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STIs–Not Just Your Daughter’s (or Granddaughter’s) Concern

By Expert HERWriter Blogger
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STIs don't only happen to daughters or granddaughters MonkeyBusiness Images/PhotoSpin

She’s 54 years old. She’s spent most of her adult life in a long-term monogamous relationship. She’s just been diagnosed with genital herpes.

This happens more often than you might think.

Even I—who should know better!—have been guilty of age bias when it comes to testing for sexually transmitted infections (STIs, also called STDs, for sexually transmitted diseases).

In my former practice, when a 20-year-old came in presenting with symptoms (discharge, discomfort, irritation) that might indicate an STI, I would automatically screen her. When a 50- or 60-year-old came to me with the same symptoms, I was more likely to ask before I tested: “Is this a possibility?” If she said “no,” I tended to trust that. I was trusting my patients. They were trusting their partners.

Times have changed.

Over the past decade, STI rates among people 45 and older more than doubled. In April, the Centers for Disease Control and Prevention reported that senior citizens accounted for 24 percent of total AIDS cases, up from 17 percent in 2001.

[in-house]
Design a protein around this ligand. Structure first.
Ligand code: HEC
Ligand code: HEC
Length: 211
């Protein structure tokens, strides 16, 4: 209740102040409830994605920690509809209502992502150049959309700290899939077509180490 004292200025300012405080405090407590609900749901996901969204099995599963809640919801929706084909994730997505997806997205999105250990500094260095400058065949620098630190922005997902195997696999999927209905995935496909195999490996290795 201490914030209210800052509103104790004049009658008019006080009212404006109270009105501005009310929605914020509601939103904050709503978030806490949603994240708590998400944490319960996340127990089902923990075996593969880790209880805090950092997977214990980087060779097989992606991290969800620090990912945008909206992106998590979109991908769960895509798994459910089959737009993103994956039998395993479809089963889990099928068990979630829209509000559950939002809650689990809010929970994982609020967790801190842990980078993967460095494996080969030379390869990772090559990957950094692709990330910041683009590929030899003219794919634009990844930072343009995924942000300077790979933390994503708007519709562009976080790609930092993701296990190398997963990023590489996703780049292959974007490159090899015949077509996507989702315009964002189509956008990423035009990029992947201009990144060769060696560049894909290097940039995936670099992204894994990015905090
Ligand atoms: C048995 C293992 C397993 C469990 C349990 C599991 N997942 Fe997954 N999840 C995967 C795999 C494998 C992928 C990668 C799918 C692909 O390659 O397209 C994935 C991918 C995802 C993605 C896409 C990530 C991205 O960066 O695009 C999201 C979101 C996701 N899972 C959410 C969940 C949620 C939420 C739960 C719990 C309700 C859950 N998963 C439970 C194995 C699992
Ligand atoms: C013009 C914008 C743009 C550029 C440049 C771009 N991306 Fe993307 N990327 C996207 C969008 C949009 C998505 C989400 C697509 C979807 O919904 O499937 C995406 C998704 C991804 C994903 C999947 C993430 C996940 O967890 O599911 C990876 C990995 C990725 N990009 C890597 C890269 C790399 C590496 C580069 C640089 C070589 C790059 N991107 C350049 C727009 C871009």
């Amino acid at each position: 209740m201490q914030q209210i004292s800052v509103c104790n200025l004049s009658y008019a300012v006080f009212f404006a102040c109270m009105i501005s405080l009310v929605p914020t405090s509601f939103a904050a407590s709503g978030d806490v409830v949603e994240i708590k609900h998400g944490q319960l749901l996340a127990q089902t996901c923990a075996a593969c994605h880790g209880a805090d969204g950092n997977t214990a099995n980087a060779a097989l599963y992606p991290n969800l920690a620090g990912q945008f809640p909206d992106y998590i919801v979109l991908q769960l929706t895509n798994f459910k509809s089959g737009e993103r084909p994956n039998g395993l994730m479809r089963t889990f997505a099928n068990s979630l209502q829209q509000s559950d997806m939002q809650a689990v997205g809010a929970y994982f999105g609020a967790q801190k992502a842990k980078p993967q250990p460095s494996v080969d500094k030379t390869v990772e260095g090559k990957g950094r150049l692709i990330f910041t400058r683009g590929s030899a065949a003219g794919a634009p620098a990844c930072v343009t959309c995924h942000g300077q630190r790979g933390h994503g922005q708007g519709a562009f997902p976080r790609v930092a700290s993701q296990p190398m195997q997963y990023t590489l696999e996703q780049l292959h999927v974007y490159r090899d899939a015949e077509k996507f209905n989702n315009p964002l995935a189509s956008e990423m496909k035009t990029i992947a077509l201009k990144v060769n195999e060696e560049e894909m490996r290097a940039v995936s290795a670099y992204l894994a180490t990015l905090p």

Researchers point to climbing divorce rates at mid-life, the rise of online dating services, the increasing number of men availing themselves of treatment for erectile dysfunction. And all of these are contributing factors, I’m sure. But in my experience, the most likely cause of the up-tick in STIs among women past their child-bearing years is lack of awareness and prevention.

If you know that pregnancy is not a possibility, why use a condom?

Unfortunately, the risk of contracting STIs—including syphilis, gonorrhea, genital herpes, HPV, hepatitis B, and HIV—does not end at menopause. In fact, sexually active postmenopausal women may be more vulnerable than younger women; the thinning, more delicate genital tissue that comes with age is also more prone to small cuts or tears that provide pathways for infection.

And—it’s not fair, but there it is—with almost every STI, exposed men are less likely to experience symptoms, simply because they don’t have the equivalent of a cervix and a vagina and the skin of a vulva.

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We value and respect our HERWriters' experiences, but everyone is different. Many of our writers are speaking from personal experience, and what's worked for them may not work for you. Their articles are not a substitute for medical advice, although we hope you can gain knowledge from their insight.

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